Many students made string instruments using anything from tissue boxes and Lego pieces, to wooden planks and fishing line. By adjusting the tightness of a string or rubber band on their instrument, students were able to change the frequency of the vibration, which changed the pitch and hits different notes. Other students created percussion-style instruments, filling bottles or glasses with different amounts of water to make different pitches when blown into or tapped with a stick.

Heffernan said he was impressed with the variety of approaches students took to build their instruments. The middle school students took part in a Google Meets class Friday where they shared their final designs and performed for classmates. Some students constructed various plucked stringed instruments that are shaped like ukuleles but played like harps, with one pitch to a string.

Students needed to explain how they worked through the engineering design process. Heffernan said they submitted a detailed design drawing, constructed the instruments and made adjustments or improvements as needed. Part of the engineering design process involves learning from what doesn’t work and uncovering new design possibilities to find solutions.

Seventh-grader Jerad Goulston built a full-size three-string guitar using scrap wood and fishing line. His father often builds various DIY projects from scrap wood and he said this inspired him to build the instrument from wood. He made sure to “measure twice and cut once” to make sure all the pieces fit together properly. Goulston drew the entire design by himself and his father supervised any use of power tools.

“I’ve been playing the trombone since fourth grade,” Goulston said. “I was inspired to play by Trombone Shorty. I really like brass and bass instruments, but I decided to build a guitar for the project.”

One problem he encountered came when adding the strings. He had to add pieces to the neck of the guitar to further extend the strings and get the right sounds. Goulston used three different weights of fishing line for the strings, which created three distinct notes when plucked. By running his hand up the neck and pressing the strings at different points, Goulston said he could hit a wide range of notes.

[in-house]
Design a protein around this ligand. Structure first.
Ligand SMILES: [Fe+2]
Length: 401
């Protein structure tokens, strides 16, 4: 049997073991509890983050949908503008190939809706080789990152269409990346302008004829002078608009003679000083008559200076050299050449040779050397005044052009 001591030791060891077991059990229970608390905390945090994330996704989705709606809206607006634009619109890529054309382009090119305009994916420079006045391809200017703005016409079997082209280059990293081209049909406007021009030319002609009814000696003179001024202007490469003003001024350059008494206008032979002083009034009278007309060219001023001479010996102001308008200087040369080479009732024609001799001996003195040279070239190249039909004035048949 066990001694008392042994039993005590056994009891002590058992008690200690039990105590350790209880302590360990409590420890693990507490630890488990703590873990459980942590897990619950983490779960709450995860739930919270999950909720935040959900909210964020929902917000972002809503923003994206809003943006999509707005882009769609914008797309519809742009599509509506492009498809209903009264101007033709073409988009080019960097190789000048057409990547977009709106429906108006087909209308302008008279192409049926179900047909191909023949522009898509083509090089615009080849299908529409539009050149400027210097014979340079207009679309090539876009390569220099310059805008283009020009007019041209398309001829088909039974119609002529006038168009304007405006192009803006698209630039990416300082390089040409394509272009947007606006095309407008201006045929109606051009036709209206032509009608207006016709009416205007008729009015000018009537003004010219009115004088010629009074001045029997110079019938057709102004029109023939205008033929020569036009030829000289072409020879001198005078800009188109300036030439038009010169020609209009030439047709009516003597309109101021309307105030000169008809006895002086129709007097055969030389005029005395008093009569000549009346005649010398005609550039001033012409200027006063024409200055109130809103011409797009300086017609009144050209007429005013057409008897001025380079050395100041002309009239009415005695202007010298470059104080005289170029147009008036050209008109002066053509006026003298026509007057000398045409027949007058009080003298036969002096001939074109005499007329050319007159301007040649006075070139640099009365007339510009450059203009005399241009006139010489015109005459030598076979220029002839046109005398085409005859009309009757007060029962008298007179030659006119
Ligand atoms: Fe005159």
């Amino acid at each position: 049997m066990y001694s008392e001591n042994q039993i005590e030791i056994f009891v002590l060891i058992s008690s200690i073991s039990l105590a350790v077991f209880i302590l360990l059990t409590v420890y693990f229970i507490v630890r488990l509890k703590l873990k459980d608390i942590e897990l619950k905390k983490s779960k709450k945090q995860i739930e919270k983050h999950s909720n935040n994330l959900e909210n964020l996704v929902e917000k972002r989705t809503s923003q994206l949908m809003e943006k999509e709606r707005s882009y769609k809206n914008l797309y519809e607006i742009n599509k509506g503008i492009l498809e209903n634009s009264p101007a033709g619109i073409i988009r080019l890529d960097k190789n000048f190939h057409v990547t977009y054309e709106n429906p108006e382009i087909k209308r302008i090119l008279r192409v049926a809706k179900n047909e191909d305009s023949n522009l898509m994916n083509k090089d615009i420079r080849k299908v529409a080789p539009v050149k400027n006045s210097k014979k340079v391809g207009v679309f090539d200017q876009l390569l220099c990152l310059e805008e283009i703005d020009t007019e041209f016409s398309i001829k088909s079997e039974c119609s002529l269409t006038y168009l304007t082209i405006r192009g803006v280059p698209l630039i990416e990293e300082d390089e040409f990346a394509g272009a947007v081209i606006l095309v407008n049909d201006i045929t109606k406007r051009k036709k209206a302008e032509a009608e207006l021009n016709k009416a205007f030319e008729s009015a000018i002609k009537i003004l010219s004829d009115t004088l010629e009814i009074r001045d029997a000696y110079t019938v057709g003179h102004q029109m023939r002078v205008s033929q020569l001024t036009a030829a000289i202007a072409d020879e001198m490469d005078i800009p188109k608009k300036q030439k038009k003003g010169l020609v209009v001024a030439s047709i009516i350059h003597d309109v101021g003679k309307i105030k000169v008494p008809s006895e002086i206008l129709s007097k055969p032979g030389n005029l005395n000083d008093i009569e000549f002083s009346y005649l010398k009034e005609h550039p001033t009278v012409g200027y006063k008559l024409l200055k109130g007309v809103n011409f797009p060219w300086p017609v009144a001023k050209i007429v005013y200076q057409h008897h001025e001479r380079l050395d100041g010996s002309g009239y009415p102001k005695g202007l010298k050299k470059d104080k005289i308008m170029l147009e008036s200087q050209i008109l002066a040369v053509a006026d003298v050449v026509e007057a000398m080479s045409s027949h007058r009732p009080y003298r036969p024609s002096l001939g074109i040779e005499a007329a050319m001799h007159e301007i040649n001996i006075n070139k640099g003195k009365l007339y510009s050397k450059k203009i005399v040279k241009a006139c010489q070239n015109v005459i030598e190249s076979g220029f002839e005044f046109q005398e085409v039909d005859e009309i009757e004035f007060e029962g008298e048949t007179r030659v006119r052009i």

“One thing I didn’t expect was how tight I could get the strings,” he said. “I tested pulling the strings as hard as I could to see when they broke so then I could pull them to a tightness that made a pleasant sound.”

Goulston said his favorite part of the project was the satisfaction that came from fitting all his pieces together and hearing the instrument played for the first time.

Matsui said she enjoyed working alongside Heffernan and other students she doesn’t normally cross paths with while completing the project. For the musicians among the students, Matsui said this will give them a way to stay in touch with music and to exercise their musical creativity. For the non-musicians, it was a chance to do something they wouldn’t otherwise have tried.

“It’s possible that some kids who don’t study music and don't know me in school will become interested in taking a music elective someday, maybe in high school,” Matsui said. “I’ve heard from many of them that they would be interested in learning to play the guitar. Maybe I need to design a guitar course for the future.”

Zack DeLuca can be reached at zdeluca@recorder.com or 413-930-4579.